The reality is that US oil production has changed the rules. The production can expand more or less at will and oil markets assume the US will kick into high gear when those prices finally hit somewhere in the 80s. Beyond that, there is confidence that global growth is robust enough to sustain demand even if the prices approach $100 a barrel – at least for a while. It often is asserted that the global economy is in flux, and it nearly always is to one degree or another. This time, that uncertainty is at maximum levels – and it serves to almost paralyze business decision making. n Chris Kuehl is managing director of Armada Corporate Intelligence. Founded by Keith Prather and Chris Kuehl in January 2001, Armada began as a competitive intelligence firm, grounded in the discipline of gathering, analyzing and disseminating intelligence. Today, Armada executives function as trusted strategic advisers to business executives, merging fundamental roots in corporate intelligence gathering, economic forecasting and strategy development. Armada focuses on the market forces bearing down on organizations. More information: www.armada-intel.com

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BOOKLIST

Find a Way to Be Better by Dianna Brodine, managing editor, Plastics Business

T

here is a way to do it better. Find it. – Thomas Edison

I’ve always been fond of Thomas Edison. He’s the inventor behind the light bulb, the phonograph and one of the first movie cameras – and, since I like seeing when it’s dark outside and watching the latest Avengers movie, Edison is an OK guy in my book. From a manufacturing perspective, Edison is an OK guy, too. Most biographies will tell you he was an inventor, but I like to think of him as an old-school tinkerer. His research lab contained a machine shop and a library, and he had the equipment to pursue his interests in chemistry, woodworking and metals. By the end of his 84 years, Edison held more than 1,000 patents on inventions related to the battery, the telegraph, the telephone, railways and, of course, incandescent lamps.

Edison was always looking for a better way to do things – a way to improve the lives of the people around him. As leaders, we’re called to do the same thing. This issue’s Booklist brings together the freshest releases in 2019 with new and better ways to inspire teamwork, understand behavior and adapt quickly within our organizations.

Loonshots: How to Nurture the Crazy Ideas That Win Wars, Cure Diseases and Transform Industries Author: Safi Bahcall Released: March 19, 2019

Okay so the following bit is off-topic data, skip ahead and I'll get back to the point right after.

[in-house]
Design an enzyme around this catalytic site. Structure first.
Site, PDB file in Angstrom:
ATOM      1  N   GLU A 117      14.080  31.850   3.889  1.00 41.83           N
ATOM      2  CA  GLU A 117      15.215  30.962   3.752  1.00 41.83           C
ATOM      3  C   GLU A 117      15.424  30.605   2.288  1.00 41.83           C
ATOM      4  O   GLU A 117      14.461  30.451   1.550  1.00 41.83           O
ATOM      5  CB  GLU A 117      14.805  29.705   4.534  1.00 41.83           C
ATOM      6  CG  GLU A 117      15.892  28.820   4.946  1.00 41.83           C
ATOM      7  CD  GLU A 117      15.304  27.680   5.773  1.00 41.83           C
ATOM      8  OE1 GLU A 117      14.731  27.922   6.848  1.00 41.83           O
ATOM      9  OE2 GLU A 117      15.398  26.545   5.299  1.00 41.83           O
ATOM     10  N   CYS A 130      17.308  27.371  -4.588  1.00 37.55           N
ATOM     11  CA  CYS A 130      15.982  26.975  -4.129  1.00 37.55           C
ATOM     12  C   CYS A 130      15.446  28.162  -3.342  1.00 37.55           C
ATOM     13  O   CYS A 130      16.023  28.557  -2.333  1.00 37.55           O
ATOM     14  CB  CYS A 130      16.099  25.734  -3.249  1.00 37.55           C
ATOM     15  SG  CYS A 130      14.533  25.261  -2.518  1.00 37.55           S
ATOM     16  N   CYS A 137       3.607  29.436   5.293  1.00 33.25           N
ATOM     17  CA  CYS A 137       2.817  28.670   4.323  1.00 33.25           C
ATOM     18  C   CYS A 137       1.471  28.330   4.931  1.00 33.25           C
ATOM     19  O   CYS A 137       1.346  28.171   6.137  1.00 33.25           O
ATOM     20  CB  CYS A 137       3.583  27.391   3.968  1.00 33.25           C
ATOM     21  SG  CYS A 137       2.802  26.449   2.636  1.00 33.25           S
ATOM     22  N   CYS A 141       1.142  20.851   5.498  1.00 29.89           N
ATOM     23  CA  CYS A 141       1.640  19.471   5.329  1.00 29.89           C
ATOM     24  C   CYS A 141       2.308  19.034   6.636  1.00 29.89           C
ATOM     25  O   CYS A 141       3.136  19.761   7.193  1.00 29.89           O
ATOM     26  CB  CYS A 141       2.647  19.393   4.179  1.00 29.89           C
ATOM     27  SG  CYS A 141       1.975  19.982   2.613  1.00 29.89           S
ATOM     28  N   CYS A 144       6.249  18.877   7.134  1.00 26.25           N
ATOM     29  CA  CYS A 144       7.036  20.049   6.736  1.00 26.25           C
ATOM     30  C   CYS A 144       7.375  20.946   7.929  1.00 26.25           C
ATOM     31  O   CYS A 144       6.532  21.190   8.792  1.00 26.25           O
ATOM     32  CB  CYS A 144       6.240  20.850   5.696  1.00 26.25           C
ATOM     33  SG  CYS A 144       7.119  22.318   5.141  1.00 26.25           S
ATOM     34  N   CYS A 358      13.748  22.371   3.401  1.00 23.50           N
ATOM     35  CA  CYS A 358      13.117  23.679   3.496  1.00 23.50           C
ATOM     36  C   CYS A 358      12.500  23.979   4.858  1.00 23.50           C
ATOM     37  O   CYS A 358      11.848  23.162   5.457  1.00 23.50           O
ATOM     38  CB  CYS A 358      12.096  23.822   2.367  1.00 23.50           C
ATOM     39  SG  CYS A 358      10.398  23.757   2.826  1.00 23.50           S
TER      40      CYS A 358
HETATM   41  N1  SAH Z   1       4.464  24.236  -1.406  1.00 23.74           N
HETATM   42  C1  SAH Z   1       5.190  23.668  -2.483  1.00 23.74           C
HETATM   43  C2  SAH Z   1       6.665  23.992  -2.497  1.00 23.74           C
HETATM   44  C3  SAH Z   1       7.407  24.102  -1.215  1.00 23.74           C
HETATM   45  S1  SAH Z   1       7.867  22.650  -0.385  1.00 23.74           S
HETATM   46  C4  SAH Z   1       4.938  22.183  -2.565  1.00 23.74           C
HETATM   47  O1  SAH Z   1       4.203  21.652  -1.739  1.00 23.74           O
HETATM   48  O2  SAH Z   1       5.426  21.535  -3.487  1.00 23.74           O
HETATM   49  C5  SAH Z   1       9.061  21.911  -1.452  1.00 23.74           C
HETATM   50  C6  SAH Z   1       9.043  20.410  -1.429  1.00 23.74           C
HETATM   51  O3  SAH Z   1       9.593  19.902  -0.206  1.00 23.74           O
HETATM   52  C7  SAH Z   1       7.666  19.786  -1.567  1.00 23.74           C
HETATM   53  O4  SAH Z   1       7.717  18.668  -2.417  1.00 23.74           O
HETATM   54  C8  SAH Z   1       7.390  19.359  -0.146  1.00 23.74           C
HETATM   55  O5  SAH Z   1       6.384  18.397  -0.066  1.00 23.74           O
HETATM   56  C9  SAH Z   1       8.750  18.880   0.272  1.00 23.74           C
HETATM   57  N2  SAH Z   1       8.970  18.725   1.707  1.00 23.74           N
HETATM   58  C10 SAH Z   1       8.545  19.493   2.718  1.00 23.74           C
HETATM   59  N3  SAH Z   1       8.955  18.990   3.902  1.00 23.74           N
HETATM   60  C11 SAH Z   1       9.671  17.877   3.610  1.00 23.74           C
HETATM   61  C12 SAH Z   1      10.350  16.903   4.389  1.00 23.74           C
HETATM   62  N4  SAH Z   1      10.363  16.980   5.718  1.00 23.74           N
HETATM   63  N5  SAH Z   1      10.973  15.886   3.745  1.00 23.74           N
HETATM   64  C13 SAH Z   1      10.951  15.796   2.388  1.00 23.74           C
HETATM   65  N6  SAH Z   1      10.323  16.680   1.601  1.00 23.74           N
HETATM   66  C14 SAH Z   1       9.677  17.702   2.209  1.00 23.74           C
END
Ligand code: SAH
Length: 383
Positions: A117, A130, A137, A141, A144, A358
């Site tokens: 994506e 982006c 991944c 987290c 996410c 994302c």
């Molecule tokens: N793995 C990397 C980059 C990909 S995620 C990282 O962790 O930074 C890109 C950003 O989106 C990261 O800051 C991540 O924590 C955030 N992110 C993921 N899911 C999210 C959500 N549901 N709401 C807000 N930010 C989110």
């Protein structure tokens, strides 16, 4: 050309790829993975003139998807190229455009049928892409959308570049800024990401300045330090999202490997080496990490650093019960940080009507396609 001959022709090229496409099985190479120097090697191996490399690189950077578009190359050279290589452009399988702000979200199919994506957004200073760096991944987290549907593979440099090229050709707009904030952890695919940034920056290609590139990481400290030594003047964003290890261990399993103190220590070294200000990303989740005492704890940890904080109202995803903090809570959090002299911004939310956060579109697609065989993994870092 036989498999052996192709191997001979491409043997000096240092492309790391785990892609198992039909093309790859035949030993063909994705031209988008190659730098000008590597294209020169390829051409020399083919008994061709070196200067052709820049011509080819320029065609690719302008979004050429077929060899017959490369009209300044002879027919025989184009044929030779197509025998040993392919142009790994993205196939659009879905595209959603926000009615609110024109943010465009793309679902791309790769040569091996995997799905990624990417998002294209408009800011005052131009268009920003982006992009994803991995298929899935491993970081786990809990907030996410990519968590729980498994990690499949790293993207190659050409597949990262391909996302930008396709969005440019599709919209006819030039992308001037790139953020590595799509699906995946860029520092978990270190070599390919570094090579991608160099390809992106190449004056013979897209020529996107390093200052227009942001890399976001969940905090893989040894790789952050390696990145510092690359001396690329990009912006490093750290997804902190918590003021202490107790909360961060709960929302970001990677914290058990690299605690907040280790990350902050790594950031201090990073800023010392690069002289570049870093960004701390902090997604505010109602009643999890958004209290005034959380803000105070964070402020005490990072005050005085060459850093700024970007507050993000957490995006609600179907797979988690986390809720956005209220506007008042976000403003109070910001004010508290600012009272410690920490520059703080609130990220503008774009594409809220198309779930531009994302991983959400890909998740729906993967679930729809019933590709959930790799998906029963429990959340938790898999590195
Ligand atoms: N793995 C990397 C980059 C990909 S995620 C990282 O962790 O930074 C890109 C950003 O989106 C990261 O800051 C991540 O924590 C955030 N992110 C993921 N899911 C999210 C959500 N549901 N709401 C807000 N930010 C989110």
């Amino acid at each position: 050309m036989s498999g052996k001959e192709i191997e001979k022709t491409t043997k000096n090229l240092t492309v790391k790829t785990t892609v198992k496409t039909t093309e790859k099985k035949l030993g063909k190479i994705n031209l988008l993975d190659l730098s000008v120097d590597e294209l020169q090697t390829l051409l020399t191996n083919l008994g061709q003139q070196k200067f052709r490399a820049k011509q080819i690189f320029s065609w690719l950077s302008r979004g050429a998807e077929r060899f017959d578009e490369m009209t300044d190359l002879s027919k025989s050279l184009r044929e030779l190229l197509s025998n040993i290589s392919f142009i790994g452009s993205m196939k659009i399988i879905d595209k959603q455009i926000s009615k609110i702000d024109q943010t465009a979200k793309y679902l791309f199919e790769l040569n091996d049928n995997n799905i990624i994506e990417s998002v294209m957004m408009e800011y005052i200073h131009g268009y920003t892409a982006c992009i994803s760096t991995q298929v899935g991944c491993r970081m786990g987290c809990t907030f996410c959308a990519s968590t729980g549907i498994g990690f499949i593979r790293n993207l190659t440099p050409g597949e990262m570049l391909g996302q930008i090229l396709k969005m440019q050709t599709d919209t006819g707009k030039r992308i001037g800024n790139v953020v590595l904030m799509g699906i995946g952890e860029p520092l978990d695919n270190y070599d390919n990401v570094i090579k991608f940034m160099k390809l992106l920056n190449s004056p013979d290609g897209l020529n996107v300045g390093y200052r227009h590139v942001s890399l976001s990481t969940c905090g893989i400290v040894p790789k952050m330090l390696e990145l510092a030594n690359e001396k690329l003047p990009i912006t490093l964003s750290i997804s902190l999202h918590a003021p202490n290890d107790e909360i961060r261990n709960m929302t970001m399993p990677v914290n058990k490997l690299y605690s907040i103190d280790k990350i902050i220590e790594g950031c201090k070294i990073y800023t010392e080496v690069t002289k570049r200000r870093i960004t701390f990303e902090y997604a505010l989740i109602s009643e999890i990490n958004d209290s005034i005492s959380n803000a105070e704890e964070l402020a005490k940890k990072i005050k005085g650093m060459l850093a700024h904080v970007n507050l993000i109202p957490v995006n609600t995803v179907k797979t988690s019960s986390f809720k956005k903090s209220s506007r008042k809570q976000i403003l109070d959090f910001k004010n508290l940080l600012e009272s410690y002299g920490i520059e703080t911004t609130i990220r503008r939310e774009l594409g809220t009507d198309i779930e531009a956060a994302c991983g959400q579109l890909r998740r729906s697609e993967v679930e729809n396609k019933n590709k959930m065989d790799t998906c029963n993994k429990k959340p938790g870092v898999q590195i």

In Loonshots, physicist and entrepreneur Safi Bahcall reveals a surprising new way of thinking about the mysteries of group behavior that challenges everything we thought we knew about nurturing radical breakthroughs. Drawing on the science of phase transitions, Bahcall shows why teams, companies or any group with a mission will suddenly change from embracing wild new ideas to rigidly rejecting them, just as flowing water will suddenly change into brittle ice. Mountains of print have been written about culture. Loonshots identifies the small shifts in structure that control this transition, the same way that temperature controls the change from water to ice. Using examples that range from the spread of fires in forests to the hunt for terrorists online, and stories of thieves and geniuses and kings, Bahcall shows how this new kind of science helps us understand the behavior of companies and the fate of empires. Loonshots distills these insights into lessons for creatives, entrepreneurs and visionaries everywhere. Over the past decade, researchers have been applying the tools and techniques of phase transitions to understand how birds

52 | plastics business • 2019 Issue 2

flock, fish swim, brains work, people vote, criminals behave, ideas spread, diseases erupt and ecosystems collapse. If 20thcentury science was shaped by the search for fundamental laws, like quantum mechanics and gravity, the 21st will be shaped by this new kind of science. Loonshots is the first to apply these tools to help all of us unlock our potential to create and nurture the crazy ideas that change the world.

It's the Manager